The Port-Royal Logic stigmatizes the technique of the inventio as stimulating the “noxious fertility of common thoughts” (Arnauld and Nicole [1662], p. 235). The same criticism applies to the techniques of elocutio, which stimulates and extolls the abundance of words (copia verborum) S. Ornamental, producing a verbose and redundant discourse:

Among the causes which lead us into error, by a false luster, which prevent our recognizing it, we may justly reckon a certain grand and pompous eloquence. […] for it is wonderful how sweetly a false reasoning flows in at the close of a period which well fits the ear, or of a figure which surprises us by its novelty, and in the contemplation of which we are delighted. (Id., p. 279)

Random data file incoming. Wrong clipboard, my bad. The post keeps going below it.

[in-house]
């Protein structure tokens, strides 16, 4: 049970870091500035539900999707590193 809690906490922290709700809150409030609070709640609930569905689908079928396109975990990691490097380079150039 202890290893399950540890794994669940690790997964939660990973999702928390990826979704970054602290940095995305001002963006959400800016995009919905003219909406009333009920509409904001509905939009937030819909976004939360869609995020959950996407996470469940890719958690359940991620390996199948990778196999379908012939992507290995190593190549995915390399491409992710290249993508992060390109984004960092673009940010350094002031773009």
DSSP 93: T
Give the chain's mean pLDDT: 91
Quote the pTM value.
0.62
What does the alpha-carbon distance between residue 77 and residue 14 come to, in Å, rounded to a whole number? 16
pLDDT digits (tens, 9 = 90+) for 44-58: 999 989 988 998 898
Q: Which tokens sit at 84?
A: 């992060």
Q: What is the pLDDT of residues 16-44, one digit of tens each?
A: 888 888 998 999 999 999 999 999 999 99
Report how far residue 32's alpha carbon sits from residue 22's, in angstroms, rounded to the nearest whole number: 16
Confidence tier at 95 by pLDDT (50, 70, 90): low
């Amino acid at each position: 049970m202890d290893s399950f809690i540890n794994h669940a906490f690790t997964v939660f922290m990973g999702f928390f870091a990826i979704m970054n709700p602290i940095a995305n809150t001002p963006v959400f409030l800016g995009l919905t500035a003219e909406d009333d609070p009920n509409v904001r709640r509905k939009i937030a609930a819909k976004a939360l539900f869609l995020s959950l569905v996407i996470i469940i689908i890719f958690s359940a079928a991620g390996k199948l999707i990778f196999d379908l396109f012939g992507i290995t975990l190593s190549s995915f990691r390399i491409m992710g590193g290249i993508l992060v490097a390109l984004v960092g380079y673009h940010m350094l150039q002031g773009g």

The condemnation of the techniques stimulating the abundance of ideas as well as the abundance of words amounts to a general condemnation of rhetoric, as inherently fallacious. Cicero defines eloquence as copia verborum; that is eloquence; the rejection of eloquence, re-named verbiage to stigmatize its negative orientation, is a turning point in the relations between rhetoric and logic as a criticism of discourse. This fallacy of verbiage is, as it were, the mother of all fallacies. According to Whately:

a very long discussion is one of the most effective masks of the fallacies; […] a fallacy, which, asserted without a veil […] would not deceive a child can deceive half the world if it is diluted in a large quarto (Elements of Logic 1844) (quoted by Mackie, 1967, p. 179).

S. Systemic Superfluity Fallacies (1)  — Fallacies (4): A Moral and Anthropological perspective